Abstract

Dropout rates and high-stakes testing receive their share of media attention, but the likely connection between the two is rarely discussed outside of education circles. Yet much recent research and anecdotal evidence suggest at least a correlation between high-stakes testing of the sort mandated by the No Child Left Behind Act (NCLB) and dropout rates. Students, especially those from lower socioeconomic backgrounds, appear to be dropping out of school earlier and in much greater numbers than previously believed, and high-stakes testing may be a leading cause. Moreover, schools overestimate graduation rates, and NCLB actually provides incentives for schools to encourage students, particularly students expected to perform poorly, either to drop out or transfer before taking their proficiency exams.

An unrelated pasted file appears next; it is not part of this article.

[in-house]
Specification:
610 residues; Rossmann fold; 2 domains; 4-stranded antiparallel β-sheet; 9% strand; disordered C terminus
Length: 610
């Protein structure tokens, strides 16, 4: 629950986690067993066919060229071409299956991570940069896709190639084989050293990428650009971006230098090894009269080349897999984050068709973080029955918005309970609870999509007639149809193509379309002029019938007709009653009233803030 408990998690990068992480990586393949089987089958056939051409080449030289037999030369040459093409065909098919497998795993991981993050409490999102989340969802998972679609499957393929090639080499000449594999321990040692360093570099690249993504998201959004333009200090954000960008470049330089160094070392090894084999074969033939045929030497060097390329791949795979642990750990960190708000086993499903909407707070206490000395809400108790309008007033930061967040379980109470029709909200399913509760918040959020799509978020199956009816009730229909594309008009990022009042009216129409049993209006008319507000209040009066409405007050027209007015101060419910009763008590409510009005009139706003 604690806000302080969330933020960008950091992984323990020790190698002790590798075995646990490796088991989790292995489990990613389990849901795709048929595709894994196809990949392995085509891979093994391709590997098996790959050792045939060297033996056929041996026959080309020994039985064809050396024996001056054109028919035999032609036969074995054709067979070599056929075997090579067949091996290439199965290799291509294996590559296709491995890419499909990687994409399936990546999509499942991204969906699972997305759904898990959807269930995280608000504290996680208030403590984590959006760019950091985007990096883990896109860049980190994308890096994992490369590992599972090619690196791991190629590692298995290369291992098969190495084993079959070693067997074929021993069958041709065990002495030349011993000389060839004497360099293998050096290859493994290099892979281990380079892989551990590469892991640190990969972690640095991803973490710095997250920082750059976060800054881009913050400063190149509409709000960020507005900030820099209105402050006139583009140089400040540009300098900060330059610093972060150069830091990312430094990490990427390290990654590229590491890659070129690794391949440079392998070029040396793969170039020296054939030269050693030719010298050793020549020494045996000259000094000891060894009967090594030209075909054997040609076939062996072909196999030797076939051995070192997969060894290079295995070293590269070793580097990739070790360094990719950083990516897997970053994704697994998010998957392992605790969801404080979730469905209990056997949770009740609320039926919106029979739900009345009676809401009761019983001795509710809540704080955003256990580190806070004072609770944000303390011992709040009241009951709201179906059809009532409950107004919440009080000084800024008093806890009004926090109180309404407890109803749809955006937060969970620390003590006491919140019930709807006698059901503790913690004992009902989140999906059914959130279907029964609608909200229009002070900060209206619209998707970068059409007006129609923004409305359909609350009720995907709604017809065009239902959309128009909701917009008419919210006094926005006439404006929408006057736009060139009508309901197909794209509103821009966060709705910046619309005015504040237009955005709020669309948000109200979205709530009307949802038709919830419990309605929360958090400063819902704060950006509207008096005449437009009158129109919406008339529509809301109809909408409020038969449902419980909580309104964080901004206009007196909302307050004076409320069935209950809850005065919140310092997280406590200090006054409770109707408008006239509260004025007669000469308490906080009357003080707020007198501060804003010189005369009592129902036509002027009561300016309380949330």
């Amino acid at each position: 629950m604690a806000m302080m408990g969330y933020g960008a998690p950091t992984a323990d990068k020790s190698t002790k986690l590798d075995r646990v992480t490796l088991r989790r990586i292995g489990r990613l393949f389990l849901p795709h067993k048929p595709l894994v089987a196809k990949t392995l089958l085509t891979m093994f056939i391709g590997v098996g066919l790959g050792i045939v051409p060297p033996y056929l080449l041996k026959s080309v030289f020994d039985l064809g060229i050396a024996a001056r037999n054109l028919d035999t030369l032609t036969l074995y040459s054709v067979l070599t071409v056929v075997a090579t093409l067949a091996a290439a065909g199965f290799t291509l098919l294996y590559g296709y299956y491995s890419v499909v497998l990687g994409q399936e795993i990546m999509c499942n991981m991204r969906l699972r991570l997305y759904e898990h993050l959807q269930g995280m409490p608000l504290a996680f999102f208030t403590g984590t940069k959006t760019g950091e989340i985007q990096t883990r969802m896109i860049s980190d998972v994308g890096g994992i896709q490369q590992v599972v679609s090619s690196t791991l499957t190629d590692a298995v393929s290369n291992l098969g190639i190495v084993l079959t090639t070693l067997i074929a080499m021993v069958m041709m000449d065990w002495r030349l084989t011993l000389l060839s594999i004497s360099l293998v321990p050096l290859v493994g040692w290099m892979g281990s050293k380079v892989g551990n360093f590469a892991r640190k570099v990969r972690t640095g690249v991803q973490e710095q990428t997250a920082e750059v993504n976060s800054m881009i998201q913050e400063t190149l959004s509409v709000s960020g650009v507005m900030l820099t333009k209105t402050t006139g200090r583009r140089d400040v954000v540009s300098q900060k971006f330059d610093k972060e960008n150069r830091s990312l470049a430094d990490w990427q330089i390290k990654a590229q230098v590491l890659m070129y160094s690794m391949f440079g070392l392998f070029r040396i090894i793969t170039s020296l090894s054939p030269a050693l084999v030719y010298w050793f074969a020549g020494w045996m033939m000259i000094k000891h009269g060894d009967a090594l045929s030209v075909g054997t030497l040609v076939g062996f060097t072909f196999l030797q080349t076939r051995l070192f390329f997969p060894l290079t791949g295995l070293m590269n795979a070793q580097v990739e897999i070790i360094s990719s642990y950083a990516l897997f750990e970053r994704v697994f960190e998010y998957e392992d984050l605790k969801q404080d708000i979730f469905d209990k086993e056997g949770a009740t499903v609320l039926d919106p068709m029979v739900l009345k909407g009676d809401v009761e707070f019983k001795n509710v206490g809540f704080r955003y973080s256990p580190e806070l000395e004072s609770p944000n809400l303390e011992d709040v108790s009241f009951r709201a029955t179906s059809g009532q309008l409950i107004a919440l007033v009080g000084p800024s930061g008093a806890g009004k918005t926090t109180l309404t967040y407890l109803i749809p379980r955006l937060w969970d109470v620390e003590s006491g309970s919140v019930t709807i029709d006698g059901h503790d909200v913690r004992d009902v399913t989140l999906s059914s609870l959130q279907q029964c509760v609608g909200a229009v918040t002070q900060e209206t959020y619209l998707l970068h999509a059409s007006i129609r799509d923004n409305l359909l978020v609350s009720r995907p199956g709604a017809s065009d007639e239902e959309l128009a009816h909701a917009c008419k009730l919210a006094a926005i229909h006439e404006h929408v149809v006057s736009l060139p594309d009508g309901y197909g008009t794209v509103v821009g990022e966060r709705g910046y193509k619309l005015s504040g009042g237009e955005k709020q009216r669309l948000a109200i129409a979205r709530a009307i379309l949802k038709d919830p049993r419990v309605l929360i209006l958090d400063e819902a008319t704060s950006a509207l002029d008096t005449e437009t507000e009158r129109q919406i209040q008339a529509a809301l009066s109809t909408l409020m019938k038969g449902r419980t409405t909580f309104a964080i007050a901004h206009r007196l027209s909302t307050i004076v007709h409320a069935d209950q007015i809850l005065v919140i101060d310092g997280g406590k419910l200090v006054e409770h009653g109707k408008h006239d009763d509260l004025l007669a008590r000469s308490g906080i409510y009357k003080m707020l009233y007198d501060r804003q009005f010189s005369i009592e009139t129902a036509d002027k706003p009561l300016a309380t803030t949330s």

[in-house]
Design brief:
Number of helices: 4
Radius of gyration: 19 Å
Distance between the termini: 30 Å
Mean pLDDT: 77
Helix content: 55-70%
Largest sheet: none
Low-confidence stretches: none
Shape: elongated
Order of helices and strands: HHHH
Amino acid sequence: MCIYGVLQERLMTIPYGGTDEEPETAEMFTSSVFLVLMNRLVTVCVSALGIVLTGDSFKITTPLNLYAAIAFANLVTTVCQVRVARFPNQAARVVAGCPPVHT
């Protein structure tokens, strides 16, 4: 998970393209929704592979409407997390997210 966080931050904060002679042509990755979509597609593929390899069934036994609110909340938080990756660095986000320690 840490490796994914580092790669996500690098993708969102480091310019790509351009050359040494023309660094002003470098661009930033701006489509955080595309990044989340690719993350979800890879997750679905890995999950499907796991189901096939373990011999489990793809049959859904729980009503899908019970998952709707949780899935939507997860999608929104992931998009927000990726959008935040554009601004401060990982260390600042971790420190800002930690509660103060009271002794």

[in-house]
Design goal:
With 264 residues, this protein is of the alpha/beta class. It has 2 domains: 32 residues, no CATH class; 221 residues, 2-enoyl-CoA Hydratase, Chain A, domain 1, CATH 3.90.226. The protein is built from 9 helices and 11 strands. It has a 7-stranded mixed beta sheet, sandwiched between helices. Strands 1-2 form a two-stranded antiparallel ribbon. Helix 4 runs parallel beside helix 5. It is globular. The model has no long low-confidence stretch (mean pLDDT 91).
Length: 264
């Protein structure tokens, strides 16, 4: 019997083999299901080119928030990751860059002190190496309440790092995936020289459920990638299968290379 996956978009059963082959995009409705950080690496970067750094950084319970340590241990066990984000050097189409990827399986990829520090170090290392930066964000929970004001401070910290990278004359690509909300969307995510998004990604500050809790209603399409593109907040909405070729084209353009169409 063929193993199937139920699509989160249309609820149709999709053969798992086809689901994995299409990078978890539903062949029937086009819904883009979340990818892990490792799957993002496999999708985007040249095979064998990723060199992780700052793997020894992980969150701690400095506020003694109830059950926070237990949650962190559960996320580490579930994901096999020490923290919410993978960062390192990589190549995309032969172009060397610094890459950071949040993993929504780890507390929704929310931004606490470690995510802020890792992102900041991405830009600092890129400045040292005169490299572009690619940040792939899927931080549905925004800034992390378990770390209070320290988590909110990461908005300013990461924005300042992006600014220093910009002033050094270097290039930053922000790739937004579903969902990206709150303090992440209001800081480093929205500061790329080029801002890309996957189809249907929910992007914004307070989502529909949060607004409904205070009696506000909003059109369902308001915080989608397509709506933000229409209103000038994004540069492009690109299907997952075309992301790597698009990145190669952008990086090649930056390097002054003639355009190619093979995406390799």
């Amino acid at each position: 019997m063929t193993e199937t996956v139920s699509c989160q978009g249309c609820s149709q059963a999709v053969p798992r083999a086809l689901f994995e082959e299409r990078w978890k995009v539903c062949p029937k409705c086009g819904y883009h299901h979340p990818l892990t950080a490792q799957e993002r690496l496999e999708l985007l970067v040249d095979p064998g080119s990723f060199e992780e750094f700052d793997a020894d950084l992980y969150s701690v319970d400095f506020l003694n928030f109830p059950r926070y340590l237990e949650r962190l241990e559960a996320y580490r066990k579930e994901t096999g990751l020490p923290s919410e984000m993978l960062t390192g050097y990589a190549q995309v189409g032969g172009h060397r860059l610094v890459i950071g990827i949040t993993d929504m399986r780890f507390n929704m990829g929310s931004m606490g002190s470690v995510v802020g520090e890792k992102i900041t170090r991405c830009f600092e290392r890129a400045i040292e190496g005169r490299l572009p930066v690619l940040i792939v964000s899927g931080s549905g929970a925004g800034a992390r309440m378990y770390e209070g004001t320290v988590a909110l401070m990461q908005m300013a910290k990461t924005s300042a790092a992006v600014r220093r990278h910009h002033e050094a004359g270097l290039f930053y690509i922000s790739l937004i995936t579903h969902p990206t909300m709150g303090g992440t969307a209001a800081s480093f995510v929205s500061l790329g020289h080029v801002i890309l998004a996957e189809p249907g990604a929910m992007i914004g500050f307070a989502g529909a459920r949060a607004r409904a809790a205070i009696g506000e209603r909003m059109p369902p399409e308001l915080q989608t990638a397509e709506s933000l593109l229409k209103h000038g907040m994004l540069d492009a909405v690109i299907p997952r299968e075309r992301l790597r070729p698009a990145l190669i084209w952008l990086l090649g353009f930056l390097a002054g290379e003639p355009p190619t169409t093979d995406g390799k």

pdf

Additional Information

ISSN
1946-0910
Print ISSN
0012-3846
Pages
pp. 76-80
Launched on MUSE
2011-10-05
Open Access
No
Back To Top

This website uses cookies to ensure you get the best experience on our website. Without cookies your experience may not be seamless.